It was in the fall of 2017 that Utah Law Professor Teneille Brown, as a favor to organizers of a Park City gathering of national county commissioners, agreed to host an event seeking remedies to the raging opioid crisis. As overdose deaths surged around the country, Brown’s interest was limited to the drumbeat of headlines detailing the scourge. The collective desperation in the room that day, however, gave her professional life—and the College of Law—a new and unexpected locus.
“They were at their wits’ end,” she recalls. “They were ready to hear from anyone who might be able to relieve some of the boiling pressure that they were experiencing. They were completely overwhelmed.”
Brown had an idea.
She returned to the college and met with Leslie Francis, who is the Alfred C. Emery Endowed Professor of Law and the founding director of the Center for Law and Biomedical Sciences (LABS). The pair discussed creating a role for LABS amidst the ongoing crisis. The center, which opened in 2012, conducts research at the nexus of law, medicine, and the biosciences. Since then, LABS has been a catalyst for experts from the campus and community to research the “downstream” effects of addiction treatment as an alternative to incarceration, and the impacts of COVID-19 lockdowns on people in recovery.
Brown and Francis—along with collaborators Lyen Huang, assistant professor of surgery at the Spencer Fox Eccles School of Medicine, and Adam Gordon, the school’s Elbert F. and Marie Christensen Endowed Research Professor—have studied the experiences of drug court participants in Salt Lake County. Their initial findings underscore the importance of housing and employment in recovery, and potential problems with discrimination in participants’ routine and addiction-specific medical care. Another study in progress indicates the importance of language; words such as “addict” or “abuse” can seriously damage patients’ relationships with their health care providers.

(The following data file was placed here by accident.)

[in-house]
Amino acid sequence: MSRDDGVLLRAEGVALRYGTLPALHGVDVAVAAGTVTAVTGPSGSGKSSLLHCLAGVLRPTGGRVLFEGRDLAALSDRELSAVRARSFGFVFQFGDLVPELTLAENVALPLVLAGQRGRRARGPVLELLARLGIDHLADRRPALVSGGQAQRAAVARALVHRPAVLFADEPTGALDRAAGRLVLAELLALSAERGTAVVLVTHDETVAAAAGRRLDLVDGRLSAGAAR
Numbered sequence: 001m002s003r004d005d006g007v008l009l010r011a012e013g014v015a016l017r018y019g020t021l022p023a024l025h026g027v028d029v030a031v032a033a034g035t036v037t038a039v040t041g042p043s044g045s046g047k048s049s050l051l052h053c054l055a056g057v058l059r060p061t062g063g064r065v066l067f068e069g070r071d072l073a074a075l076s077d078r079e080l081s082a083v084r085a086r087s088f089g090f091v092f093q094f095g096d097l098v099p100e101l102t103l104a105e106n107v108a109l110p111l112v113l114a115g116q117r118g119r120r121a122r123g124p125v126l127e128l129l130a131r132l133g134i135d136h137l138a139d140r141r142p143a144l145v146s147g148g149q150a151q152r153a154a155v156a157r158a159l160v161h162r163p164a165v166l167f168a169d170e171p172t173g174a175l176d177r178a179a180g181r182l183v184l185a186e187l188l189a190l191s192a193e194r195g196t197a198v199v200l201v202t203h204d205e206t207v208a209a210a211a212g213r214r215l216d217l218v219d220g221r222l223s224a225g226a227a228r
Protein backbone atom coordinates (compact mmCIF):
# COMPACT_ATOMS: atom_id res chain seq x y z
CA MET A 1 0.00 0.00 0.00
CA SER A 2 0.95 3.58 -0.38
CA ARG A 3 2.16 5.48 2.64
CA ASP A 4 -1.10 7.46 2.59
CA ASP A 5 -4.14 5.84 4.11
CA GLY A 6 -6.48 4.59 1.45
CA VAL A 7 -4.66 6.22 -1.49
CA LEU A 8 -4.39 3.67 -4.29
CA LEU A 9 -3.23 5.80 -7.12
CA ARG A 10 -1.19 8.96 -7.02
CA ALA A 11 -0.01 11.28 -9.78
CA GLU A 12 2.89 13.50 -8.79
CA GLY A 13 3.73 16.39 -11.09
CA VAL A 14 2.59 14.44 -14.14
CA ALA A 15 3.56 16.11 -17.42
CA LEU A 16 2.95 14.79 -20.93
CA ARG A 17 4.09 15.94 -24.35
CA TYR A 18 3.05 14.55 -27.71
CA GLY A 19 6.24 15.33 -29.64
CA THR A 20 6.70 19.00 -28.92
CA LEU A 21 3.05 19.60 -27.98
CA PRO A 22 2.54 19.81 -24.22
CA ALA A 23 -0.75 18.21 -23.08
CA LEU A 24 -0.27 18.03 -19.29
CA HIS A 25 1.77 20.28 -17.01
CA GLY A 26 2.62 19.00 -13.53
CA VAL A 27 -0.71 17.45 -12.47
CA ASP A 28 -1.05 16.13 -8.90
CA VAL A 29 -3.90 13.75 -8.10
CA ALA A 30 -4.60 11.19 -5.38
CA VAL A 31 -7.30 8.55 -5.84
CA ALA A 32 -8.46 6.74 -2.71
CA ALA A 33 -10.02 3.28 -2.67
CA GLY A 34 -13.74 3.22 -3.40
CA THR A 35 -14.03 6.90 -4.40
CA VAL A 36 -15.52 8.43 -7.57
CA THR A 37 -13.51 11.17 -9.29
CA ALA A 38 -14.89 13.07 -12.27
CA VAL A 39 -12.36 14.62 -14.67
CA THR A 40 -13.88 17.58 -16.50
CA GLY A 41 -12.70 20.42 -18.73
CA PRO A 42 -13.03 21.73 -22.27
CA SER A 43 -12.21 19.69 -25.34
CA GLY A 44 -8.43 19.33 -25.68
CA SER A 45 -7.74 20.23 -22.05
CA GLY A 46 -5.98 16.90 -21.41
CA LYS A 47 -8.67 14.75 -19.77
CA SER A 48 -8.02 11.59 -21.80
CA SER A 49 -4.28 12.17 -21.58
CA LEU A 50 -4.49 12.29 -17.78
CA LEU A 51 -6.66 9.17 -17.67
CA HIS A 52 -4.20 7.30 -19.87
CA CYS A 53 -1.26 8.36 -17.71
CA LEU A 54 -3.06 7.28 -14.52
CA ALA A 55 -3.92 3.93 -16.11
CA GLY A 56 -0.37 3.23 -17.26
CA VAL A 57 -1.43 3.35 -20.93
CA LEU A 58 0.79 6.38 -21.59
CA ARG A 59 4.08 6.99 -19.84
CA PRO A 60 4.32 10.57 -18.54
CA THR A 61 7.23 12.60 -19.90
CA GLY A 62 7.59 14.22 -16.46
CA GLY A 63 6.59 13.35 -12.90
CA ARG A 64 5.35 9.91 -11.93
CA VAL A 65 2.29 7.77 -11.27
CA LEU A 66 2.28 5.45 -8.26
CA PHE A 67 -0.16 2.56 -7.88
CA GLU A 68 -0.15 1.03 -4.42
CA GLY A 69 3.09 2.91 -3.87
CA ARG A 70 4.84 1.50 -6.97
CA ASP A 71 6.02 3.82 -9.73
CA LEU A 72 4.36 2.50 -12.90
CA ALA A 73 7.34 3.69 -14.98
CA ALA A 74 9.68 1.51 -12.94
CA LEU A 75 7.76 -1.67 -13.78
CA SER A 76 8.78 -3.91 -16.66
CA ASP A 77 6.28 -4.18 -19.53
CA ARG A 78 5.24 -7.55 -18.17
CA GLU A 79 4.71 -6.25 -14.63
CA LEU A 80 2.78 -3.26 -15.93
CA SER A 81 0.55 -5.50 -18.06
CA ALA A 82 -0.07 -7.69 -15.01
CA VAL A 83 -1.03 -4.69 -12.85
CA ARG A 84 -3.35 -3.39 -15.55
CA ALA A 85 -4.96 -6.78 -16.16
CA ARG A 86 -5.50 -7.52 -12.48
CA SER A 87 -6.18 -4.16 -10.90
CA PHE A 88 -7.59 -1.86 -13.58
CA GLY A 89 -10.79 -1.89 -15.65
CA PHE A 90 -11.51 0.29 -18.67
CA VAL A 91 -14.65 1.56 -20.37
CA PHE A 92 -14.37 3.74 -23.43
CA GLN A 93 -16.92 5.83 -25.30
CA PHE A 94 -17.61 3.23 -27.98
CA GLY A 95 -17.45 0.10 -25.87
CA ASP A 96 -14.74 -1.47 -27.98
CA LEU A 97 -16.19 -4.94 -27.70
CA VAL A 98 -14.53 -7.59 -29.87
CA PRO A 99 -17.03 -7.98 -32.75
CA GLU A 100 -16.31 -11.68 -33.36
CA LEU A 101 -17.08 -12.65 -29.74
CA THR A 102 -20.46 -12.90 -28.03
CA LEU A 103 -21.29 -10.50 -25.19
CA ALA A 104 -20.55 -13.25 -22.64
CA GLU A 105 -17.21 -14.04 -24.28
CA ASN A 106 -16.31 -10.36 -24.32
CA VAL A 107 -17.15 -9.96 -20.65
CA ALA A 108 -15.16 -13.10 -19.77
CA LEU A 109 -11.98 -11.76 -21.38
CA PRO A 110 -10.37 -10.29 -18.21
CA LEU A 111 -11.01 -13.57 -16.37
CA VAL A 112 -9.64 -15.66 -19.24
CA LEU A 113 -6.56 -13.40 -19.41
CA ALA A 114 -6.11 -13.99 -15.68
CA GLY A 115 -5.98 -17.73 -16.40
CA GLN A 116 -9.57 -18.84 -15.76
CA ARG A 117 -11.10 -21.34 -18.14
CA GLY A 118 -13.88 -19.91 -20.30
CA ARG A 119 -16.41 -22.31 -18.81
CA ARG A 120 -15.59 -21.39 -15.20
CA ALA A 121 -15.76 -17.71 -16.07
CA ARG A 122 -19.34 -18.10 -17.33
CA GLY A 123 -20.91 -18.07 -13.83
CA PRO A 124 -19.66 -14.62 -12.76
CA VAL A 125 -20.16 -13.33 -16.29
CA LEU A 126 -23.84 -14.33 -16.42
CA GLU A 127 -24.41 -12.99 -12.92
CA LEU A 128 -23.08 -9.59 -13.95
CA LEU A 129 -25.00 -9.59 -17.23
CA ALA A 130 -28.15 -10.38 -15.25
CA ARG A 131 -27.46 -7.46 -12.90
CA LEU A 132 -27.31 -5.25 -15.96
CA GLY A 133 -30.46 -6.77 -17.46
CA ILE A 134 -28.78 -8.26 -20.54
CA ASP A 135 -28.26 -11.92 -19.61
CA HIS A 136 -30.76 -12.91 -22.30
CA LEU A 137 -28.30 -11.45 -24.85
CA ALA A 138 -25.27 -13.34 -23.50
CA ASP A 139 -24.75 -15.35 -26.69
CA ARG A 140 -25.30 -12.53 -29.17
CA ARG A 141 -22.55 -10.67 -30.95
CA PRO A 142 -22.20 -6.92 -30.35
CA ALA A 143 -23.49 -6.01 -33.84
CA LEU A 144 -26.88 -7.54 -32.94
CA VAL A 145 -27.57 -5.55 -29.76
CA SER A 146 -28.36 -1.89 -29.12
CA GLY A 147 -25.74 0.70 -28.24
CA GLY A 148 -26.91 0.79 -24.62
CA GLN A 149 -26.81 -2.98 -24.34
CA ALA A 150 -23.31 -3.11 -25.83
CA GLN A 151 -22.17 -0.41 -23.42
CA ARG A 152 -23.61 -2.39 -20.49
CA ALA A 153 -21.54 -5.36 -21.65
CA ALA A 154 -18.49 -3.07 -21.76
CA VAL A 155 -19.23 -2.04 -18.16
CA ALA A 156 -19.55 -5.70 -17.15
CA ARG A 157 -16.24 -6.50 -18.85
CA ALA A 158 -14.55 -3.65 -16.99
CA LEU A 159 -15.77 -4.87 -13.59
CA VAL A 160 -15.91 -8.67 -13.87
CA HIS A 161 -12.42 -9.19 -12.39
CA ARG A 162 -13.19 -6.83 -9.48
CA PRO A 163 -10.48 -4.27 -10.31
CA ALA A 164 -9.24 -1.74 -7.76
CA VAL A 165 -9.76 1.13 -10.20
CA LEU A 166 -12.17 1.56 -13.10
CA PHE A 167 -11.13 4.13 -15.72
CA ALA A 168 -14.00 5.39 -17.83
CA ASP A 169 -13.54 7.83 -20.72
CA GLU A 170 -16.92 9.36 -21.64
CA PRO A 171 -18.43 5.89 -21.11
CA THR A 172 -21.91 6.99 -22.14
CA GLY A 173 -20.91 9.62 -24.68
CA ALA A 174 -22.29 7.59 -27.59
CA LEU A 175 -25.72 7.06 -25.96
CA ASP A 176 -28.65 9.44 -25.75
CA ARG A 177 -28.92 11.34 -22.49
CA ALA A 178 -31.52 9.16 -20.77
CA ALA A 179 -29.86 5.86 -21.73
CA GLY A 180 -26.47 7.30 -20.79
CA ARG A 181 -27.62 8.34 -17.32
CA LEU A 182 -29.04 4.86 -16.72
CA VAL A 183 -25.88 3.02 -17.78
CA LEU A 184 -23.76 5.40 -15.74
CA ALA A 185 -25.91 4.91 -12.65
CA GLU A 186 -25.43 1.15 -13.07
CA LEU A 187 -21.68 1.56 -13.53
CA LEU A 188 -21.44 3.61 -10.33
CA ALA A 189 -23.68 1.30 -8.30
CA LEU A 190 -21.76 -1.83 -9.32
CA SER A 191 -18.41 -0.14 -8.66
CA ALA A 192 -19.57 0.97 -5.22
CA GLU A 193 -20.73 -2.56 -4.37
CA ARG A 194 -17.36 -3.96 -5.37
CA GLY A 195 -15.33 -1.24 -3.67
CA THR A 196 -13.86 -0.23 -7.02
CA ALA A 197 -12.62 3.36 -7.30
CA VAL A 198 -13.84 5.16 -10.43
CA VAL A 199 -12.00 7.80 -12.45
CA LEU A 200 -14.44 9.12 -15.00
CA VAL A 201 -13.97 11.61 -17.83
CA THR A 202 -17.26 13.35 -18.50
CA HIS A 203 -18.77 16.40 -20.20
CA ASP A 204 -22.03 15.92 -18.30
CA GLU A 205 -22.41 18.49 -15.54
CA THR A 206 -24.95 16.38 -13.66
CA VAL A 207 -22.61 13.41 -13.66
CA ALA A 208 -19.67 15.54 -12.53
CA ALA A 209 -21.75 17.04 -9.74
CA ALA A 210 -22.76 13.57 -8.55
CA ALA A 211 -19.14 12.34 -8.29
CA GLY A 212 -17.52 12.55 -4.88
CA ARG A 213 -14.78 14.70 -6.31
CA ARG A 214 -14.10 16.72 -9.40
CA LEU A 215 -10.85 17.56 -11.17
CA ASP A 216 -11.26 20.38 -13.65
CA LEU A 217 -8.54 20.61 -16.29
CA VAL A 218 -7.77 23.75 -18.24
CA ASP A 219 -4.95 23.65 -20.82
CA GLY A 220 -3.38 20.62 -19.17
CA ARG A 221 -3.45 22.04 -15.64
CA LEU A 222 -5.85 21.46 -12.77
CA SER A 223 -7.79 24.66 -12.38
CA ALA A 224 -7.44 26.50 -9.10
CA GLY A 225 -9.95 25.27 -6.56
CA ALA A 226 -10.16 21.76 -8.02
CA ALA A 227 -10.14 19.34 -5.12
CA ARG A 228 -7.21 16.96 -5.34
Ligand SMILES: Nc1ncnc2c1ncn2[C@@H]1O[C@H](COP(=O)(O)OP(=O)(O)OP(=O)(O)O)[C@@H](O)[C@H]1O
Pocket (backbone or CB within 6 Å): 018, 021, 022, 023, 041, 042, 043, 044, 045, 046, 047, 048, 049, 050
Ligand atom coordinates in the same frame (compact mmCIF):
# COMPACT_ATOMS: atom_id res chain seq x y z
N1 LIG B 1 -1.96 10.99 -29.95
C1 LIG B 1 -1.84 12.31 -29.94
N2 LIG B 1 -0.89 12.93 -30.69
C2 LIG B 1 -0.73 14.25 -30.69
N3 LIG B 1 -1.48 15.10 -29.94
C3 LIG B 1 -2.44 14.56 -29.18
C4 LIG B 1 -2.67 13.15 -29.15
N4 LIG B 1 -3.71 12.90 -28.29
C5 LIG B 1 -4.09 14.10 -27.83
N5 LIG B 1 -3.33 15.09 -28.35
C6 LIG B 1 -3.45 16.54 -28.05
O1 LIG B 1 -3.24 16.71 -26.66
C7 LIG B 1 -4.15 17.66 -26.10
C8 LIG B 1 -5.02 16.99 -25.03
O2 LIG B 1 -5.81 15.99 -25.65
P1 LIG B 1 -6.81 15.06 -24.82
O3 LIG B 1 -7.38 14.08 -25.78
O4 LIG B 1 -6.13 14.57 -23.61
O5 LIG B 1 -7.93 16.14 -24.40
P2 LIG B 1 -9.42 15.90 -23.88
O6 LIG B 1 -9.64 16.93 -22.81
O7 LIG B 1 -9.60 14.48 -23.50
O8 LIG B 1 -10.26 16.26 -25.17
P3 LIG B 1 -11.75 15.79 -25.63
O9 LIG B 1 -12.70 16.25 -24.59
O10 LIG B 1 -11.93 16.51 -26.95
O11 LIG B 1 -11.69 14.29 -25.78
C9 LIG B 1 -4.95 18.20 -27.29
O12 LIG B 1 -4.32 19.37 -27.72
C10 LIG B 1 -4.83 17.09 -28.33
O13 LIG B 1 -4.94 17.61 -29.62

This work will be the basis of future research involving larger national populations. It will also serve as an important resource for Utah policymakers and legislators, as much of the country, including Utah, promotes less punitive approaches to drug offenses.
LABS is novel for the nuanced perspectives it brings to a range of biosciences challenges. “What sets us apart is LABS isn’t a traditional health law center,” Francis says. “It’s not traditional in the sense of a center that focuses on lawyers for healthcare institutions or doctors. It’s much more interdisciplinary.”
Brown, who in July 2022 succeeded Francis as LABS director, calls the center an important hub for creating diverse legal perspectives on everything ranging from genetics to neuroscience and patents, and the unintended consequences that interventions can pose.
For example, LABS hosted a summit to hear from researchers who are interested in the treatment of addiction and pain, “and how to make sure that we don’t overcorrect, which is a classic problem in the law,” Brown adds, “which could make it too difficult for people to get pain medications, thus undertreating their condition.”